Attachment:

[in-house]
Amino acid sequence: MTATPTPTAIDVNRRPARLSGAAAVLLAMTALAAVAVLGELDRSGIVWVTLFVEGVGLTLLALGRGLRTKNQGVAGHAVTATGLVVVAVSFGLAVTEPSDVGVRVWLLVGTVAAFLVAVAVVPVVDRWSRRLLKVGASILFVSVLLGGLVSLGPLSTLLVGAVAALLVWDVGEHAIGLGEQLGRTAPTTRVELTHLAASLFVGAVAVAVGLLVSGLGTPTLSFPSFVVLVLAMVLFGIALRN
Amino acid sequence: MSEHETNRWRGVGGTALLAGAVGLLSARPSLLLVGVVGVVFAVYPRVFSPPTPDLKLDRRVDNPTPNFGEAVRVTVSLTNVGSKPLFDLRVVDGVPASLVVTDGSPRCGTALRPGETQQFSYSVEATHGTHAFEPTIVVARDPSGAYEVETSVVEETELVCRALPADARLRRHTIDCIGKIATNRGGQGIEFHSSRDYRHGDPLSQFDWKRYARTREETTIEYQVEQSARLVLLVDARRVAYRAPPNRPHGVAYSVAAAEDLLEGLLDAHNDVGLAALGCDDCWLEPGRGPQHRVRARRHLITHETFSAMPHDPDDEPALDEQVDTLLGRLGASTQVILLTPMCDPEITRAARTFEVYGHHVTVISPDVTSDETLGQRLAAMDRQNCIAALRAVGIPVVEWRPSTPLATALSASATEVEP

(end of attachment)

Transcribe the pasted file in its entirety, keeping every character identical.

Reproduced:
[in-house]
Amino acid sequence: MTATPTPTAIDVNRRPARLSGAAAVLLAMTALAAVAVLGELDRSGIVWVTLFVEGVGLTLLALGRGLRTKNQGVAGHAVTATGLVVVAVSFGLAVTEPSDVGVRVWLLVGTVAAFLVAVAVVPVVDRWSRRLLKVGASILFVSVLLGGLVSLGPLSTLLVGAVAALLVWDVGEHAIGLGEQLGRTAPTTRVELTHLAASLFVGAVAVAVGLLVSGLGTPTLSFPSFVVLVLAMVLFGIALRN
Amino acid sequence: MSEHETNRWRGVGGTALLAGAVGLLSARPSLLLVGVVGVVFAVYPRVFSPPTPDLKLDRRVDNPTPNFGEAVRVTVSLTNVGSKPLFDLRVVDGVPASLVVTDGSPRCGTALRPGETQQFSYSVEATHGTHAFEPTIVVARDPSGAYEVETSVVEETELVCRALPADARLRRHTIDCIGKIATNRGGQGIEFHSSRDYRHGDPLSQFDWKRYARTREETTIEYQVEQSARLVLLVDARRVAYRAPPNRPHGVAYSVAAAEDLLEGLLDAHNDVGLAALGCDDCWLEPGRGPQHRVRARRHLITHETFSAMPHDPDDEPALDEQVDTLLGRLGASTQVILLTPMCDPEITRAARTFEVYGHHVTVISPDVTSDETLGQRLAAMDRQNCIAALRAVGIPVVEWRPSTPLATALSASATEVEP